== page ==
Johannah Lynch
over 1 year ago by Johannah Lynch
​On 6th December 2022, The Barton Partnership hosted a round table event in partnership with pricing specialists, Pearson Ham, with senior leaders across the consumer landscape.
The discussion - Consumer Strategy, Pricing & Loyalty - explored best-practice when tackling the effects of the Covid Pandemic, Inflation, and Cost-of-Living Crisis without a “playbook”. The discussion highlighted the benefits of customer loyalty schemes over discounting and the imperative for category leaders to translate brand power into pricing power.
What follows is a summary of the key points discussed during the session.

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#1 Maximising customer value
  • Retailers need to focus on value - not just price - by offering high-quality products and services that customers are willing to pay more for.
  • Promotions, range, and brand quality are critical factors in consumer purchasing decisions. Businesses with strong brands have more pricing power and can be more successful in passing on cost increases to consumers. The importance of providing an efficient and reliable service was also highlighted.
  • Whilst companies often opt for discounts and other tactics to manage price margins, these strategies may not be necessary if they can effectively communicate the value of their products to customers. Excessive use of discounts or promotions can also lead to problems further down the line. It is also important to consider how to maximize the customer journey and ensure consistent positioning as a high-value brand.
#2 Balancing business and customer needs
  • A pricing strategy that balances the needs of the business with the needs of the customer is essential for success.
  • Retailers are exploring ways to increase productivity to reduce the impact of inflation and supply chain disruptions on pricing.
  • Consumers are savvy and will recognise and reward businesses who are fair, transparent, and providing value. Attendees expressed the importance of earning consumer trust in addition to maximising the customer journey.
#3 Customised pricing strategies
  • With the inflationary effects playing out differently across sectors, there is no one-size-fits-all approach.
  • It’s important to consider the target market and their willingness to pay for the product, the availability of alternatives and likely competitor behaviour.
  • Pricing is not a one-time event. Businesses need to be flexible and responsive to changes in the market and be ready to adjust their pricing strategy as needed.
#4 Retail price optimisation in a data-driven era
  • Retail price optimisation can help identify the most price sensitive products and categories, and the cognitive biases that influence pricing decisions.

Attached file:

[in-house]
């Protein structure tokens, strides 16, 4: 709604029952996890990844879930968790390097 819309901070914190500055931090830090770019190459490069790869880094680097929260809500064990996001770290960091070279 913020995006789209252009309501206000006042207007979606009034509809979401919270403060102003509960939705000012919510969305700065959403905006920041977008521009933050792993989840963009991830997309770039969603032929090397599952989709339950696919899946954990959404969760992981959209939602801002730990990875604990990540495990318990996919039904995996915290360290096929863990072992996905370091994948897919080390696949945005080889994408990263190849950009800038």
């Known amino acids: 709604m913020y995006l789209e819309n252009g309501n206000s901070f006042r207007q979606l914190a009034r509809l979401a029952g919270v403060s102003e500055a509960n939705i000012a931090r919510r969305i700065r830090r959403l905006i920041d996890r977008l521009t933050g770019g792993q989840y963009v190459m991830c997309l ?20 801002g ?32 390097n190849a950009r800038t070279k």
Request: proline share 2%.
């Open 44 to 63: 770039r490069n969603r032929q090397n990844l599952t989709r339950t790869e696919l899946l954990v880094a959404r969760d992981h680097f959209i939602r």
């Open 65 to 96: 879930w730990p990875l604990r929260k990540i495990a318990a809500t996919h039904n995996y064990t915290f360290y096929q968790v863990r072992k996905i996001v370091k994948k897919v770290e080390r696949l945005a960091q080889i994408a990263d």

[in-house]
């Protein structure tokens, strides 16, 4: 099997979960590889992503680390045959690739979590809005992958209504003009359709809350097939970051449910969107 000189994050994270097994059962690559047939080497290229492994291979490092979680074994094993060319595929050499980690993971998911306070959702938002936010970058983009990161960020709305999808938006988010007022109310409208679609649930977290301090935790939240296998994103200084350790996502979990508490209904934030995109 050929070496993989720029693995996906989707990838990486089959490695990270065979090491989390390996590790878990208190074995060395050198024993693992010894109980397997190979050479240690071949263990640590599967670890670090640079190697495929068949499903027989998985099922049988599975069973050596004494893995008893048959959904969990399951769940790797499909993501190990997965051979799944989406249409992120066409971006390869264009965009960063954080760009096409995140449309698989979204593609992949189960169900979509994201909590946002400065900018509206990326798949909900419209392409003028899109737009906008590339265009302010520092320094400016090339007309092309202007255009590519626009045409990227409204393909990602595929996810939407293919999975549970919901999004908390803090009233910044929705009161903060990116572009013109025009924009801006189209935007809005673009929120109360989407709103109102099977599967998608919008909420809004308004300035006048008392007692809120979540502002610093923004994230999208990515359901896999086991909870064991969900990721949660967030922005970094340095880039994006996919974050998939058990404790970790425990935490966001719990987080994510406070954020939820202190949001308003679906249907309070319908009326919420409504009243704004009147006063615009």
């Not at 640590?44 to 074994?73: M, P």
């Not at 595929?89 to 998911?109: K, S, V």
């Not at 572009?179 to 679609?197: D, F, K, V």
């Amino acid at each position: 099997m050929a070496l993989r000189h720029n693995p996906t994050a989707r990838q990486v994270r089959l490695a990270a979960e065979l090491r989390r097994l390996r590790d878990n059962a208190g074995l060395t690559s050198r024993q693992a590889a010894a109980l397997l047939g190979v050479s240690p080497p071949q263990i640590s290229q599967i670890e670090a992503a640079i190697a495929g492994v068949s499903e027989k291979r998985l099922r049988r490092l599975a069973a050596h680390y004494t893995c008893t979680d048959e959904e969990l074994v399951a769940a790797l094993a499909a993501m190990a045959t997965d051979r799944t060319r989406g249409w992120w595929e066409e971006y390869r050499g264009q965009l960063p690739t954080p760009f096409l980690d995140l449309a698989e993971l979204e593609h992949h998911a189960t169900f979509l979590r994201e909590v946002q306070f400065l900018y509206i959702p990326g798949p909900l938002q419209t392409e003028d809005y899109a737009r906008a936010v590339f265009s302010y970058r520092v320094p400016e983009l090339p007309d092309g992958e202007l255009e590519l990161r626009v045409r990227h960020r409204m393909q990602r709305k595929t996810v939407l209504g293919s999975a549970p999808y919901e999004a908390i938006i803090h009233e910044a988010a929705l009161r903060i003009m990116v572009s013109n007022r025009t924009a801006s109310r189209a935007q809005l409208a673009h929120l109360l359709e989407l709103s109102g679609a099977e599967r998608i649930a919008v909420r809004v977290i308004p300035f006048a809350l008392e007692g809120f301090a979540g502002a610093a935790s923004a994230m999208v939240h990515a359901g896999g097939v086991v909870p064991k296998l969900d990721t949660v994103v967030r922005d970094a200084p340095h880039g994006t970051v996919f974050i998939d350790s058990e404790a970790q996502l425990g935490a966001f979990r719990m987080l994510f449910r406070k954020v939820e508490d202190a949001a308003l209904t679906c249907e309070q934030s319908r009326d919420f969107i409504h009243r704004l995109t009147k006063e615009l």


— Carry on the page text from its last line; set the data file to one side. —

• Attendees addressed the ongoing challenges of using analytics in pricing decisions, where companies struggle to find sophisticated pricing tools that are well-suited to their sector. Additionally, driving adoption amongst commercial teams can prove challenging. There are many different software options available and not all are equal – getting the selection process right is key for successful implementation and use.
  • In some cases, buyers make autonomous decisions without relying on analytics, while in other cases, centralising the pricing function and taking a more data-driven approach to pricing is beneficial.
  • Attendees discussed the importance of taking a global approach to pricing, and the increasingly influential role of Chief Customer, Chief Digital, Data & Analytics, and Chief Transformation Officers. Investing in analytical capabilities can be a significant investment and companies are weighing the decision of whether or not to make that investment, especially in times of crisis. Utilising independent consultants was proposed as a good alternative for some companies.
#5 The power of personalised pricing and loyalty programs
  • Well-executed loyalty programs can be powerful, particularly when they align to the company’s commercial model and value proposition.
  • Loyalty programmes have become a popular tool for businesses to incentivise customers to make repeat purchases by rewarding them for their loyalty. However, with so many programmes available, it can be difficult for businesses to determine which approach is most effective.
  • Personalised pricing is becoming more important, especially in the grocery market, but companies need
    to be careful with their promotional strategies to avoid confusion for consumers.
#6 A longer-term view
  • Companies are constantly trying to balance the need for short-term gains with the need to invest in the long-term health of their business.
  • Effective market research presents an opportunity to better understand the more price-sensitive products and categories in order to make informed pricing decisions.
  • There is a lot of speculation about the economic outlook in the how inflation will continue to rise in the coming year, with factors like energy prices, labour shortages and the ongoing war in Ukraine all playing a part. As a result, businesses need to be aware of the potential risks, plan for different scenarios and be prepared to adapt to the changing economic landscape.
  • Overall, the discussion highlighted the complex and challenging nature of pricing in the consumer goods and retail industries, and the need for careful consideration of all factors in order to make informed and strategic decisions. The group acknowledged that the current economic climate is uncertain but expressed optimism that the consumer market may start to see some light at the end of the tunnel in the coming year.